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Conditions for neutral point to exist

  1. Oct 9, 2015 #1
    I want to verify whether I am correct .As the title suggests It is about point where potential is zero (point other than infinity)
    Note:x is distance of neutral point from charges
    Firstly,I would like to ask
    Is coordinate system necessarily be there
    1) If there are two positive charges for the neutral point to exist one of them should have negative x,so that one of the two potentials becomes negative and the two potentials should have same magnitude so that they cancel each other.Right?
    And in order to have negative x ,coordinate system must be present.
    2)If there are two negative charges for the neutral point to exist one of them should have negative x,so that one of the two potentials becomes positive(negative sign of q and r would cancel each other) and the two potentials should have same magnitude so that they cancel each other.Right?
    3)If there are two charges,one positive and the other negative ,then in this case for the neutral point to exist both of them (charges)should have positive x ,and the two potentials should have same magnitude so that they cancel each other.Right?
     
  2. jcsd
  3. Oct 9, 2015 #2

    jbriggs444

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    This first question is easy. No, there does not have to be a coordinate system. A coordinate system is a human invention. It is purely a way of organizing and thinking about the physical situation. One can do physics without coordinates.
    This seems to confuse the field's potential at a point with the direction of the field at a point. A proper understanding of this involves the concepts of a "vector field", a "scalar field", "gradient" and "potential". That is vector calculus at its simplest level.

    The electric field (as a vector field) has both magnitude and direction. At every point in space there is an electric field strength and a direction in which that field points. The electric field (at least in the static cases we are considering) is "conservative". That means that along with this vector field is a potential field. The potential field is a scalar field. At every point in space there is an electric potential. This is a numeric value. It has no direction.

    Starting with the vector field, one can obtain the potential field by defining a point of zero potential and taking a "path integral" of the vector field to a chosen point. The computed path integral will be a scalar result. If the field is conservative, any path you choose will yield the same result. This result is the value of the potential field at that point.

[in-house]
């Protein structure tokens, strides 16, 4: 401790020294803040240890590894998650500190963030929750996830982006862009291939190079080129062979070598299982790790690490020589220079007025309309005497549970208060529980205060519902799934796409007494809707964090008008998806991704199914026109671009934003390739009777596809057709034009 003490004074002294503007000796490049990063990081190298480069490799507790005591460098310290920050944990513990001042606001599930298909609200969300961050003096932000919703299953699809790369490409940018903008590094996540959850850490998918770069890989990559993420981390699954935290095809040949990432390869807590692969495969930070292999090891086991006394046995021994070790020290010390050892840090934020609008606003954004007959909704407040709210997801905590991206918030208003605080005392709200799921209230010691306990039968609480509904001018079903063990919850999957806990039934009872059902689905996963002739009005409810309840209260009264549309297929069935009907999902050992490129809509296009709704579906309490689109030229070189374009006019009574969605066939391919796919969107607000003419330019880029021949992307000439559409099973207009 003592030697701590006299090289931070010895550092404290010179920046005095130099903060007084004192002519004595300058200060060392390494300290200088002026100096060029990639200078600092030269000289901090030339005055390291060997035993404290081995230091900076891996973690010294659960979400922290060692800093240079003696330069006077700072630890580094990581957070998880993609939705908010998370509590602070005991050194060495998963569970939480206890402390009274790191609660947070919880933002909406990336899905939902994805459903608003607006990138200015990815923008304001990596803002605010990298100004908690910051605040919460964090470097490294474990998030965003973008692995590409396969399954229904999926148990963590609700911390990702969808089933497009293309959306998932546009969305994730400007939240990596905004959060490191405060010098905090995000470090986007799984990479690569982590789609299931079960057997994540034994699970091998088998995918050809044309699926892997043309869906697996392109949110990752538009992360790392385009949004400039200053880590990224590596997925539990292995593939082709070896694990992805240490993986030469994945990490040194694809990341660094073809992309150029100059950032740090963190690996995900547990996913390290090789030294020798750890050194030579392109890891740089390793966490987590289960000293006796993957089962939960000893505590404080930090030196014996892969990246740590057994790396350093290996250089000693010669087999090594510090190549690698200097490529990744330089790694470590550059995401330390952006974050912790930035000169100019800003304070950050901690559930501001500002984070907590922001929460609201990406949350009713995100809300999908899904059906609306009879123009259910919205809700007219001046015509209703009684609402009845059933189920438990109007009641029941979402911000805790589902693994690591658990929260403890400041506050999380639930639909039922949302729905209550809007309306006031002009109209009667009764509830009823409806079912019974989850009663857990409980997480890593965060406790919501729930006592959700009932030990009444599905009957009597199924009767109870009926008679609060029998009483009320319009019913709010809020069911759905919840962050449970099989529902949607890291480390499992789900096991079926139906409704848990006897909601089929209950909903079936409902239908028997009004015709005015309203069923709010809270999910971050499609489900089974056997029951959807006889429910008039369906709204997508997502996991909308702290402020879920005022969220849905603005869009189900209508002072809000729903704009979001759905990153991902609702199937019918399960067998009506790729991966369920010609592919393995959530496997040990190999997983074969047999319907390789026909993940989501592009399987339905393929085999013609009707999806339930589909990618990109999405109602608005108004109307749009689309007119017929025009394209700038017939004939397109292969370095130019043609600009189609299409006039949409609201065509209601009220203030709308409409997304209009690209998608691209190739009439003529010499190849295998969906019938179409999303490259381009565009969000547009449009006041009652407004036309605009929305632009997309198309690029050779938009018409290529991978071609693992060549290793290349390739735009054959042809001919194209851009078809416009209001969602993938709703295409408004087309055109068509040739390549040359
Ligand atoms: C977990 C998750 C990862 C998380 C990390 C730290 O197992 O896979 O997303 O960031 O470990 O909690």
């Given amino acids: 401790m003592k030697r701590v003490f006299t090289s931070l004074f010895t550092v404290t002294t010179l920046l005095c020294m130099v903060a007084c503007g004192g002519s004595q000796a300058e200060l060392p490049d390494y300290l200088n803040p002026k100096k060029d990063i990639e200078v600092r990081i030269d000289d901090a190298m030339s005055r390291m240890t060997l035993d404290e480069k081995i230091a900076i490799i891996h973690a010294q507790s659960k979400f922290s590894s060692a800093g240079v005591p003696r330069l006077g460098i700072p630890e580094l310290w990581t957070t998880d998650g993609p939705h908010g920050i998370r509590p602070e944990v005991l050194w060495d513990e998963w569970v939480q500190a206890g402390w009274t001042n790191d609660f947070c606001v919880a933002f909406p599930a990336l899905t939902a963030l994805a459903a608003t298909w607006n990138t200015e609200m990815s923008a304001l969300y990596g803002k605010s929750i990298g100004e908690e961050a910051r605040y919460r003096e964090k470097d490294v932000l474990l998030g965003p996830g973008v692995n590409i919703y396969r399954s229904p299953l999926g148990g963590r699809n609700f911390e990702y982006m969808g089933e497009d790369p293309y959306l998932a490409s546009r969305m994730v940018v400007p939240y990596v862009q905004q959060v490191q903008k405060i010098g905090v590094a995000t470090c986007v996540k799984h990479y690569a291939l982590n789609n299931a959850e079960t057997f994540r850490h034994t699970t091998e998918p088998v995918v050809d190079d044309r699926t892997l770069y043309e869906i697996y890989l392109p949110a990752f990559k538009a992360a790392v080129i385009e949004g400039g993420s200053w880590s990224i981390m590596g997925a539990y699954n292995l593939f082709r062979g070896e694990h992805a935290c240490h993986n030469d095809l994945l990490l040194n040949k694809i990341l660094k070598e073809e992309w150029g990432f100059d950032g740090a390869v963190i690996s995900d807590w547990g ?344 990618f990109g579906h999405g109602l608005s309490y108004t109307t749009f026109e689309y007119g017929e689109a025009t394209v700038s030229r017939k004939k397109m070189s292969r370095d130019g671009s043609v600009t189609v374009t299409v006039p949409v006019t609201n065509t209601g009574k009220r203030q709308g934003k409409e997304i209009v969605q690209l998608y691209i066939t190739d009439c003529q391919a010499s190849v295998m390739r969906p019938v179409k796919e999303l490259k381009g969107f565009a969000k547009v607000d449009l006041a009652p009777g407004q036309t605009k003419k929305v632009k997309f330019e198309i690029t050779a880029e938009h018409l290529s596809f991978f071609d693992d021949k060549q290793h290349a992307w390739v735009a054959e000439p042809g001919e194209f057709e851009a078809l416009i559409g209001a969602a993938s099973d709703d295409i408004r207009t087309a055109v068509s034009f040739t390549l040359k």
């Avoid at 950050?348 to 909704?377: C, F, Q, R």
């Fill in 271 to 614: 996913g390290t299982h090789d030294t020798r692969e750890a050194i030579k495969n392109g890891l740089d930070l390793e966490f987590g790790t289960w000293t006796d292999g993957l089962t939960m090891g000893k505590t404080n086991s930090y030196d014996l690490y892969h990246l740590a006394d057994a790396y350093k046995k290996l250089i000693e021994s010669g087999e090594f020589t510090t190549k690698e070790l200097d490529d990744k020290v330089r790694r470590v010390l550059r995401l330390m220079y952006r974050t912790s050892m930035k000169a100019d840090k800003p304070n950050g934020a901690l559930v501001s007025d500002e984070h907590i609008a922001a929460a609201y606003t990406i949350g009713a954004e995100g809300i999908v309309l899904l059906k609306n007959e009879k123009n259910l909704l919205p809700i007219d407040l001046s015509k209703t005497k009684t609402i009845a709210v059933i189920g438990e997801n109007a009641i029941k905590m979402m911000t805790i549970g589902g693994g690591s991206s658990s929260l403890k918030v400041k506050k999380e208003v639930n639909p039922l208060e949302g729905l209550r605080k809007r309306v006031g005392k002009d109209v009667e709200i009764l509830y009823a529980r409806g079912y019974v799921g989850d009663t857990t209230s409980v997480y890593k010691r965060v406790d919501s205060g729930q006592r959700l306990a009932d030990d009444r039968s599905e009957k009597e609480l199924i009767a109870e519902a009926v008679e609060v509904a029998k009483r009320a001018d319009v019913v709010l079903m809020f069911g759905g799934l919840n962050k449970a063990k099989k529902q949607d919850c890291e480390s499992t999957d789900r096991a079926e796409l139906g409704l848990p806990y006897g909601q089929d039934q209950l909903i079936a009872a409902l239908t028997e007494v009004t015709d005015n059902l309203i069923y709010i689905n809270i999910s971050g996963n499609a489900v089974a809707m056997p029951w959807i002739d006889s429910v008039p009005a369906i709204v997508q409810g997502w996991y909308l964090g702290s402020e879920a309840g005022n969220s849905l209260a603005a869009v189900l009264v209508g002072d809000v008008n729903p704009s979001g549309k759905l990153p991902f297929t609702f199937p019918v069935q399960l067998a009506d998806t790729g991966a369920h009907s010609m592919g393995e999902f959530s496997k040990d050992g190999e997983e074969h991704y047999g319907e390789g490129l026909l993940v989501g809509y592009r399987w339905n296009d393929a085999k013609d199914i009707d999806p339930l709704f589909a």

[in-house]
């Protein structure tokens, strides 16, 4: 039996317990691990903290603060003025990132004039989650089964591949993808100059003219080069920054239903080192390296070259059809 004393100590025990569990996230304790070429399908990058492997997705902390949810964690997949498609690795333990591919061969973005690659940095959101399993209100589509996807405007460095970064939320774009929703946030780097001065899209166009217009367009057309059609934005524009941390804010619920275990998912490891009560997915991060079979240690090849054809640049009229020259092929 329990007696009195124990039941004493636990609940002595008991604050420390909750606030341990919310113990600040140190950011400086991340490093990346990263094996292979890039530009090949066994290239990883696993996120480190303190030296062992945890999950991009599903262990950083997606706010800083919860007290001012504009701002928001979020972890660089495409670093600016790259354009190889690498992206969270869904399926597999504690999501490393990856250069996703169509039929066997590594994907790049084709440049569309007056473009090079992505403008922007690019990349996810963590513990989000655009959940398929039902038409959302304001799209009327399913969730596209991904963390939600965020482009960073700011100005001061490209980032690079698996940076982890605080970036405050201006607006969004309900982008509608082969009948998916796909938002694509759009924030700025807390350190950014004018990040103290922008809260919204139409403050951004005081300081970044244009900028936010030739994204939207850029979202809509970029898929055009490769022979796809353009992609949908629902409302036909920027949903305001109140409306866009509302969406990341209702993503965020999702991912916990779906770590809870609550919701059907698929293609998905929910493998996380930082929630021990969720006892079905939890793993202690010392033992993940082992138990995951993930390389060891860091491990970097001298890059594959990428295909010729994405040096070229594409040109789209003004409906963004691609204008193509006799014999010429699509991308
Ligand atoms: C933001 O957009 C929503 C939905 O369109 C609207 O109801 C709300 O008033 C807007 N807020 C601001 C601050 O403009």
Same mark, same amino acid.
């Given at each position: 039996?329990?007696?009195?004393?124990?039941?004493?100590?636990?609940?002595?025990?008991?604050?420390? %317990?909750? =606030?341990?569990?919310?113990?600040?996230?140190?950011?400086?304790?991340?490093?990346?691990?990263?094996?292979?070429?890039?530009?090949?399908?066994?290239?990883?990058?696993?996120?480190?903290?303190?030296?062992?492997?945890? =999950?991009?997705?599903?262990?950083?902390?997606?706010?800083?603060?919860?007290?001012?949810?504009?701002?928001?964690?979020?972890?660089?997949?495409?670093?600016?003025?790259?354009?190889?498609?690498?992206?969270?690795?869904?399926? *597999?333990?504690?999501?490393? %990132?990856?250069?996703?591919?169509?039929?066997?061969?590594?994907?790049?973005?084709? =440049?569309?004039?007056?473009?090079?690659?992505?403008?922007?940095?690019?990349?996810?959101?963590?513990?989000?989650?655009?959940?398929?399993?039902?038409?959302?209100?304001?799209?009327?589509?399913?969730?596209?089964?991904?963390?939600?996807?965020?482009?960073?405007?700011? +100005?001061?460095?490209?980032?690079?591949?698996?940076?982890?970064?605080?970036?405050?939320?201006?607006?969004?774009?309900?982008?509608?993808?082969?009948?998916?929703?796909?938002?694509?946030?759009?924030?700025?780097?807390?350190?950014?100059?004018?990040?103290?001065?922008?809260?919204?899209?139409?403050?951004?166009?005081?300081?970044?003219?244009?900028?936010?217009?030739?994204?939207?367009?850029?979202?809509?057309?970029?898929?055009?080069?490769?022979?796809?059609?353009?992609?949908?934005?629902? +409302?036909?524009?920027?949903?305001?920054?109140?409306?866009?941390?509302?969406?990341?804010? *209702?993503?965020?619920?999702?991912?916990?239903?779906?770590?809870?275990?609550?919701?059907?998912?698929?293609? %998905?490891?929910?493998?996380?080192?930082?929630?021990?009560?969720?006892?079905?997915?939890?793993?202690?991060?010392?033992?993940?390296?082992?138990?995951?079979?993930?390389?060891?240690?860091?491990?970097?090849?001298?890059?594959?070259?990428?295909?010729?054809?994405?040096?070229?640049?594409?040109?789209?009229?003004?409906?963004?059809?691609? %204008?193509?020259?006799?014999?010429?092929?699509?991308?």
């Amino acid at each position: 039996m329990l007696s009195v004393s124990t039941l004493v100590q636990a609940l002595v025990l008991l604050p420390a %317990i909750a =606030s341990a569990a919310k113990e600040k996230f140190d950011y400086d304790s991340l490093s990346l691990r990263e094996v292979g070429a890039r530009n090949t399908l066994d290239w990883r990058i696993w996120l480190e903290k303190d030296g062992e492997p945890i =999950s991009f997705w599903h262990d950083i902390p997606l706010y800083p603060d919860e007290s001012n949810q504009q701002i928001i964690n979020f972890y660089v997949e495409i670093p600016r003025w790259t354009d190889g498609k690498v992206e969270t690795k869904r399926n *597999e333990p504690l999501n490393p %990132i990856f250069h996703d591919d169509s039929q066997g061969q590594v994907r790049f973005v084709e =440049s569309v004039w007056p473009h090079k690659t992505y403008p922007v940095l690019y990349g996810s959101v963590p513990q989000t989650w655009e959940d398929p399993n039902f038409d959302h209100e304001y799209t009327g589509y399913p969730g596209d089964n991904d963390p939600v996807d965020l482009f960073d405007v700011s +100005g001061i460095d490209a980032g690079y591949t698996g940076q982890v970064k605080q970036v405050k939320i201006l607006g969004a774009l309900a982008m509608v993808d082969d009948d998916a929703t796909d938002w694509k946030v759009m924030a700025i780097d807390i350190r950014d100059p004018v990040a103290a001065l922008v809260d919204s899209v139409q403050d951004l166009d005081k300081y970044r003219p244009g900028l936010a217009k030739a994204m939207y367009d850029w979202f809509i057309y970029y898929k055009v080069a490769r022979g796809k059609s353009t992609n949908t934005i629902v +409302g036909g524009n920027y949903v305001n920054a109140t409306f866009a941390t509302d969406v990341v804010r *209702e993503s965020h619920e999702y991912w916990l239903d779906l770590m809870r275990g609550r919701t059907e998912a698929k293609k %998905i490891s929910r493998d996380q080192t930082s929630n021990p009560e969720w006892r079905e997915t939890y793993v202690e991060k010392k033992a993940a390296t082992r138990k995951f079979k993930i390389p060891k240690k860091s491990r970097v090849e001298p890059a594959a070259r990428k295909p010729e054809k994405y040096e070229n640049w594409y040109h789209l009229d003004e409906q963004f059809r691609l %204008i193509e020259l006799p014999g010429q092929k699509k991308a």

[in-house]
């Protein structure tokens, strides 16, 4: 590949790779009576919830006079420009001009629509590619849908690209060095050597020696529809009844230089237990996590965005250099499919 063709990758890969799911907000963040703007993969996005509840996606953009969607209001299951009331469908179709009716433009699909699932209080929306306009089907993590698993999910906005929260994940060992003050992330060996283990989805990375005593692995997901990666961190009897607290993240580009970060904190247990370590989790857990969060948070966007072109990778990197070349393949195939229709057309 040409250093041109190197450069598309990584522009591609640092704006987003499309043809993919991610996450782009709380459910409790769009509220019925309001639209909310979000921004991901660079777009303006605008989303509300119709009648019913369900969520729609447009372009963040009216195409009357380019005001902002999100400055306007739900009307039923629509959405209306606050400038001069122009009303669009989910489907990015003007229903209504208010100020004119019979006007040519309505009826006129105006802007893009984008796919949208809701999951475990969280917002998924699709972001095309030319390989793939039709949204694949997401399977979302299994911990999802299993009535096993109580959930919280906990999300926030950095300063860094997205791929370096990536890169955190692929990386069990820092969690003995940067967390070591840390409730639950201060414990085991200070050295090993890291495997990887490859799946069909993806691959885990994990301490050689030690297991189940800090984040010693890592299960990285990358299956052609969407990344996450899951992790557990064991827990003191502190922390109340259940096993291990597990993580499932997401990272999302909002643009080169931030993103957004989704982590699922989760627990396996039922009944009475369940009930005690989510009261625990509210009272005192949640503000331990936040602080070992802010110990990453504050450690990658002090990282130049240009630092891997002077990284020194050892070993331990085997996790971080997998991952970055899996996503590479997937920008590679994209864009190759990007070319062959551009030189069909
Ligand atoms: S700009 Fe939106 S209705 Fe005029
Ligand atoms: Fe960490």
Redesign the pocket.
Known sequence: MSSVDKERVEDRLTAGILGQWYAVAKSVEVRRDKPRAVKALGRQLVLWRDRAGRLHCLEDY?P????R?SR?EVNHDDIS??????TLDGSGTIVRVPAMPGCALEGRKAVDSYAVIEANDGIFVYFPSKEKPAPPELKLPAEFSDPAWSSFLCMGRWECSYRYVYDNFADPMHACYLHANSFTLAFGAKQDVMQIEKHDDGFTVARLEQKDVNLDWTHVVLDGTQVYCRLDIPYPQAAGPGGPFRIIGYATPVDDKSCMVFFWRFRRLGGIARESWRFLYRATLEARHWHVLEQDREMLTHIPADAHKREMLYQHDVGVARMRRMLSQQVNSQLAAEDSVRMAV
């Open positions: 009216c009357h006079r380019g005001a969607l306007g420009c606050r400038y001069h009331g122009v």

Starting with the potential field, one can obtain the vector field by evaluating its gradient. If we are using coordinates, the gradient is defined by taking partial derivatives of the potential field in each of the three coordinate directions and treating these results as a the components of a three dimensional vector.

    Now, back to where we started... The direction of the electric field as a vector field is opposite on opposite sides of a charge. The sign of the electric field as a potential field is the same on opposite sides of a charge.

    Unfortunately that means that the rest of your post went off into the weeds.

    If we (arbitrarily) designate the scalar field so that it is zero at infinity and if we are dealing with point charges then it is necessary and sufficient that there be a positive and a negative charge somewhere. If all the charges are positive then the potential is positive everywhere. If all the charges are negative then the potential is negative everywhere. If at least one charge is negative then it creates a pole in the field where potential becomes infinitely negative. If at least one charge is positive then it creates a pole where the potential becomes infinitely positive. The field is continuous. By the intermediate value theorem there will be a point (actually many points if we are working in three dimensions) where the potential is zero.
     
  4. Oct 9, 2015 #3
    The potential of a point charge [itex]q[/itex] at a point [itex]\bf{x}_0[/itex] is given by [itex] V(\bf{x})=\frac{q}{4 \pi \epsilon_0 r} [/itex] where [itex]r=|\bf{x}-\bf{x}_0|[/itex] (assuming the standard case where we take potential vanishing at infinity). Keep in mind that for two positive charges, this is always positive (since [itex]r[/itex] is always positive) so the total potential can never be 0 at a finite point. Similarly for two negative charges. The only way to solve your problem is with both positive and negative charges.

    Keep in mind that such a point is unlikely to have physical significance, since we can always add a constant to the potential without changing the dynamics.
     
  5. Oct 9, 2015 #4
    Why"r "can not be negative?
     
  6. Oct 9, 2015 #5

    jbriggs444

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    ##r = |x - x_0|## per the definition from Jack Davies. How can it be negative?
     
  7. Oct 9, 2015 #6
    A neutral point is not a point at which the potential is equal to zero. The potential is defined only with respect to an arbitrary constant, so a value of zero for the potential is meaningless.

    A neutral point is one at which, if a test charge is placed there, there will be no net force on the test charge. Thus, at such a point, the electric field intensity is zero and the gradient of the potential is equal to zero. In Cartesian coordinates, the gradient of the potential is equal to zero if the partial derivative of the potential with respect to all three of the coordinate directions is equal to zero.

    Chet
     
  8. Oct 10, 2015 #7
    What if the question says assume the potential at infinity to be zero.
     
  9. Oct 10, 2015 #8
    Then that establishes the value of your arbitrary constant.

    Chet
     
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